What’s Next for the Eaglets — Larissa Smith Explains

Screen Shot 2016-06-07 at 7.12.11 AMWritten By: Jim Wright for Duke Farms and Conserve Wildlife Foundation

What’s next for the eaglets as they  grow and become more active by the day?

For answers, we checked in with eagle expert Larissa Smith, a biologist for Conserve Wildlife Foundation.012 

(In a post two weeks ago, Larissa talked about branching and diet, here.)

Do the chicks fledge when they leave the nest for the first time, or when they are able to fly?

We consider fledging when they take their first flight. But taking their first flight doesn’t mean that they are suddenly soaring gracefully through the skies.

We’ve had eagle project volunteers report seeing eaglets take their first flight and crash-land into trees and end up hanging upside down or on the ground. It takes lots of practice.

What happens after they leave the nest?

Even after they take their first flight, they will stay in the nest area for the next few weeks as they learn to fly and hunt on their own. The parents will still bring them food at first.  It’s a tough world out there for fledglings.

The mortality rate for first-year eagles is higher than 50 percent. They are just learning how to survive on their own and honing their hunting skills.

Unfortunately, we saw that occur in 2014, when one of the three DF chicks was found dead in Maine about a month or so after fledging.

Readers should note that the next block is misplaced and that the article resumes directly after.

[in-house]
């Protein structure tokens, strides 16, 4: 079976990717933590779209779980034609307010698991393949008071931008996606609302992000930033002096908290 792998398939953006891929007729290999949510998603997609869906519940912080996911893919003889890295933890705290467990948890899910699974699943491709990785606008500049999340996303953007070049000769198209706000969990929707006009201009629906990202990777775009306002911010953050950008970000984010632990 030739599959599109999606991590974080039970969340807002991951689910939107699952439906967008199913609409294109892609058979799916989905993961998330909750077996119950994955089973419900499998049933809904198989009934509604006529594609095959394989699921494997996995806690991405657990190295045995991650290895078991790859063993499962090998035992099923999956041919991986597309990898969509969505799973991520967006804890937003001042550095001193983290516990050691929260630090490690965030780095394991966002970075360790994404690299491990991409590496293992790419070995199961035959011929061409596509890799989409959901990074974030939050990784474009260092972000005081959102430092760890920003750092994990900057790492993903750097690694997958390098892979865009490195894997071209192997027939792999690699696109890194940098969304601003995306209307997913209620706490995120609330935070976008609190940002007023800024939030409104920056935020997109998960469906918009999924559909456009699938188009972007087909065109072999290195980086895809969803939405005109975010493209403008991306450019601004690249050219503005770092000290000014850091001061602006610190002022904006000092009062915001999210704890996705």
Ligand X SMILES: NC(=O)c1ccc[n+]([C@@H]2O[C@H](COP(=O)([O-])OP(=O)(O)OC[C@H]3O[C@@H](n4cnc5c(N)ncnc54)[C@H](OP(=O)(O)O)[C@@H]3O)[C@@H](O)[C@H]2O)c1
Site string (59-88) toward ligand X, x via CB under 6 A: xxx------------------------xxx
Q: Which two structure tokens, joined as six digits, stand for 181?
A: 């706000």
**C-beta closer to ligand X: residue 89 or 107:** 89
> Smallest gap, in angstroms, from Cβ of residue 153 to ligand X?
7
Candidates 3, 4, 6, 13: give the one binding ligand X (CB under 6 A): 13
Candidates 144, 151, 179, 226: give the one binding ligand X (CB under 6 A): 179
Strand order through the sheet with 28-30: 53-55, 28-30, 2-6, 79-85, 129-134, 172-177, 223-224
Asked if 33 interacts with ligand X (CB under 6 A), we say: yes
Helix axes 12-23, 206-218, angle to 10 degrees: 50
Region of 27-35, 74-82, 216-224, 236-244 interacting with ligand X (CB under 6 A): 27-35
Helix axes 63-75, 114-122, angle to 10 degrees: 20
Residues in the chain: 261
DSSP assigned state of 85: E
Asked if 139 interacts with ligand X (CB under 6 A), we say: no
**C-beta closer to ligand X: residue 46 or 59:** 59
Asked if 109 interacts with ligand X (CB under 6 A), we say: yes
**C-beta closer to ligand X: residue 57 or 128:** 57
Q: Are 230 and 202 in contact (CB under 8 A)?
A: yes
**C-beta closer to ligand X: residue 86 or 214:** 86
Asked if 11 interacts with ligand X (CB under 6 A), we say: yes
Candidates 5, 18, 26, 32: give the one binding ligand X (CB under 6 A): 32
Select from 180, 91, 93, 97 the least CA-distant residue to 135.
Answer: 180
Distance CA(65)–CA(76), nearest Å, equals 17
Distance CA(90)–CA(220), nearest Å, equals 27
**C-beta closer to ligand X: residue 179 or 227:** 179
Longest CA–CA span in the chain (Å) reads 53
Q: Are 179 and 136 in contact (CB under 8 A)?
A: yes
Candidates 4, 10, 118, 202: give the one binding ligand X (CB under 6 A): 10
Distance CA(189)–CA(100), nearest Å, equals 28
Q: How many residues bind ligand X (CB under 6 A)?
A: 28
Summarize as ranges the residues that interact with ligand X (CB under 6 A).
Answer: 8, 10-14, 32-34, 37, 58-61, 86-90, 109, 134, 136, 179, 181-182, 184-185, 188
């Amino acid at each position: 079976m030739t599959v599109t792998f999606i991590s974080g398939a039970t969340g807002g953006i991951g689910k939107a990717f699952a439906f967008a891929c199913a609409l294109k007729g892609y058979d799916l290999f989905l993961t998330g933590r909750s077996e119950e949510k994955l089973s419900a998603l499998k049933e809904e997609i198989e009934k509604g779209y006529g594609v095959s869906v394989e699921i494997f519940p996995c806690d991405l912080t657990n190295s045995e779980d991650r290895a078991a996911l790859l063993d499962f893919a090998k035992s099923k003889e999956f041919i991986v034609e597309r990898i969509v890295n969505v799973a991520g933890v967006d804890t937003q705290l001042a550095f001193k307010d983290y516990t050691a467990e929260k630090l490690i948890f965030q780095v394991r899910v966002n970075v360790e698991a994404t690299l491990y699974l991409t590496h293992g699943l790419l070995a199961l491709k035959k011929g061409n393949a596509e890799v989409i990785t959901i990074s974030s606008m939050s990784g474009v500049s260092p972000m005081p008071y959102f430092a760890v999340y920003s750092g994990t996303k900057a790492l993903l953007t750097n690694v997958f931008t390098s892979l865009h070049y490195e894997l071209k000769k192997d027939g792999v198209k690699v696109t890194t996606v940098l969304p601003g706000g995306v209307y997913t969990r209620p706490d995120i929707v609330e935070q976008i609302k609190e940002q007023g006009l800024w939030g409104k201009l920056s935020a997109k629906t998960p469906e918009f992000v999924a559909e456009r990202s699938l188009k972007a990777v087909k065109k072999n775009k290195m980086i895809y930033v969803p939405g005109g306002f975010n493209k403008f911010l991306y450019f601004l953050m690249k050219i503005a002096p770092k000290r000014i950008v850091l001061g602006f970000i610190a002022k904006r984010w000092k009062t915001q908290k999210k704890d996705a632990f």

How is that citizen science eagle diet survey coming? Will you announce the results at some point?

I haven’t gotten many data sheets so far. I’m hoping that some people are waiting until the end of the season to send all of their data sheets.

So please send me your data, thank you.   (You can send them to Conserve Wildlife Foundation of NJ, 2201 County Route 631, Woodbine, NJ 08270, Attn: Larissa Smith. They are due by July 1.)

Anything you’d like to add?

I’d like to thank all the Duke Farms Eagle Cam viewers for their enthusiasm.  If you can’t get enough of watching nest cams, the osprey cam on Conserve Wildlife Foundation website is up and running, as well as the bat cam.

Got a question or suggestion? E-mail Jim at celeryfarm@gmail.com.

Jim Wright writes “The Bird Watcher” columnist for The [Bergen] Record. He is the author of four coffee-table books about wild places, and a deputy marsh warden of the Celery Farm Natural Area in Allendale, N.J.

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